Use of Hydrocode Modeling to Develop Advanced MMOD Shielding Designs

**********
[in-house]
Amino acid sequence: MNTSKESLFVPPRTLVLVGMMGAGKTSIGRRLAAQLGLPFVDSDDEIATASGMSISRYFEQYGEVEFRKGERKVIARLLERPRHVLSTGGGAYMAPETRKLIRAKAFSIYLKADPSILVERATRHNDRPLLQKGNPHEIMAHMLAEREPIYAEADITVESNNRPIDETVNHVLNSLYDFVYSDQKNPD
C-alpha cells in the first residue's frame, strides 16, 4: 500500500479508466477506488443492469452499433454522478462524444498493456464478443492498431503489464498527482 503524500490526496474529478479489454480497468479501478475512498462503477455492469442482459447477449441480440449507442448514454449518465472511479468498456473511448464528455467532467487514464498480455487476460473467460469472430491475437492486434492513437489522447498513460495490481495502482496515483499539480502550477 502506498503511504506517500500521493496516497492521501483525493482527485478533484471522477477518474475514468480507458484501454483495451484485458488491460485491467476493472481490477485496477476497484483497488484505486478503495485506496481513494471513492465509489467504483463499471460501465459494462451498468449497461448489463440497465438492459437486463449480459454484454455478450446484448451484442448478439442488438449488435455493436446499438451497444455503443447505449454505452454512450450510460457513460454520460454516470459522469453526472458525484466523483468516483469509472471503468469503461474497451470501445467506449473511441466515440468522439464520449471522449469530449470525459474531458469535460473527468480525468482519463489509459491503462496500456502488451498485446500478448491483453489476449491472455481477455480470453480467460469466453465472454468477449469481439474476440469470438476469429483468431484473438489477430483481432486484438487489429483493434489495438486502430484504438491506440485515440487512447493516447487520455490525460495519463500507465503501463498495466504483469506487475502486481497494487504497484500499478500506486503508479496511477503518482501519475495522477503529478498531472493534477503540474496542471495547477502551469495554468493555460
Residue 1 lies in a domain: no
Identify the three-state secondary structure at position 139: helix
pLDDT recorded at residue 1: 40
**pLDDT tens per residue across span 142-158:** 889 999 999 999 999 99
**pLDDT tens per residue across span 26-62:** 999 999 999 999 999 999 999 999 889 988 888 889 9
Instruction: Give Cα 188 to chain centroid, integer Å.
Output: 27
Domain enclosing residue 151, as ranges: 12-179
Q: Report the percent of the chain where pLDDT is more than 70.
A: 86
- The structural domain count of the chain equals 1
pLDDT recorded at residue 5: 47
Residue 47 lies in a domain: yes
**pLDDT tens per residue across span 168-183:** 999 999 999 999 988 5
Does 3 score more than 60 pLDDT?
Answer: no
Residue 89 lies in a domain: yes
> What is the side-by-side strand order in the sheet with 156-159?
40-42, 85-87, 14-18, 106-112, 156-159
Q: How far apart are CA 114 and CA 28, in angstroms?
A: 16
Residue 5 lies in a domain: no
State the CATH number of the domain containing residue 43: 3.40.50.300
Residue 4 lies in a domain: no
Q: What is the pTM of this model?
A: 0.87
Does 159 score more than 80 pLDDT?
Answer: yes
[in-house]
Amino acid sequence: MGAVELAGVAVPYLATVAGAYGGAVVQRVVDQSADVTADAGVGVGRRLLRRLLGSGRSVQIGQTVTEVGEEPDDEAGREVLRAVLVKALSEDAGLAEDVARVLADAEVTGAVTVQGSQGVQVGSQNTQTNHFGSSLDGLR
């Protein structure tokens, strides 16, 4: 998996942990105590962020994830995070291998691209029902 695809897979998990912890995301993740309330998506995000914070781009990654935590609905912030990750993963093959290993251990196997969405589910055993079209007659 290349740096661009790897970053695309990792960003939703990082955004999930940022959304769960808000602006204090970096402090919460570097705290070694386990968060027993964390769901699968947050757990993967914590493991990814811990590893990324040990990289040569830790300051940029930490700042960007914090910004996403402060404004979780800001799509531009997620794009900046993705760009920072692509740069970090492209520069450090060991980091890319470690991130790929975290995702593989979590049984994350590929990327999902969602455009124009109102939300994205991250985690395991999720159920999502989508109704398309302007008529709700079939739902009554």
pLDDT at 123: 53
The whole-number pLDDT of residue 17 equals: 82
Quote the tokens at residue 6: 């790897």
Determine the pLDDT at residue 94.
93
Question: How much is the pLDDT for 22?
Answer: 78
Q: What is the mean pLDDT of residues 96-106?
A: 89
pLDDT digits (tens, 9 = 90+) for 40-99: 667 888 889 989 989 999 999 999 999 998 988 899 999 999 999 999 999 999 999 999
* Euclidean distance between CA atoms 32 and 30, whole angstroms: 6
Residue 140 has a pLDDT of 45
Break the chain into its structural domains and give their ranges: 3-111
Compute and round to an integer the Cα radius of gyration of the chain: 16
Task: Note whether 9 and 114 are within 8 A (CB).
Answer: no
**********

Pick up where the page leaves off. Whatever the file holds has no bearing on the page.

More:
A multi-physics computations-based methodology for space debris hypervelocity impact (HVI) damage mitigation is presented. Specifically, improved debris mitigation through development of innovative, lightweight structural designs is described. The methodology has been applied to the design of the Solar Probe Plus (SPP) spacecraft to mitigate extreme solar microdust hypervelocity impacts (50-300 km/s) by the Johns Hopkins University Applied Physics Laboratory (JHU/APL). The methodology combines hydrocode computations of the complex, early-time transient material and structural responses with experimental hypervelocity impact data to directly obtain end-state damage predictions for the requisite hypervelocities that are in excess of available test capabilities (similar to 10 km/s). The computations are validated in the low-velocity regime (<10 km/s) by direct HVI testing and verified in the high-velocity regime (50-300 km/s) by comparisons with bounding energy calculations and extrapolations of Ballistic Limit Equations (BLEs). In addition to hydrocode computations, HVI experimental data and supporting structural/solid mechanics analyses are used to define the eventual damage. In addition to being able to treat realistic hypervelocities and spacecraft materials in layered and Whipple configurations systematically, the methodology provides the margin of safety for any design. Sample lightweight design calculations involving state-of-art and innovative protective materials are presented to demonstrate the methodology and its benefits.
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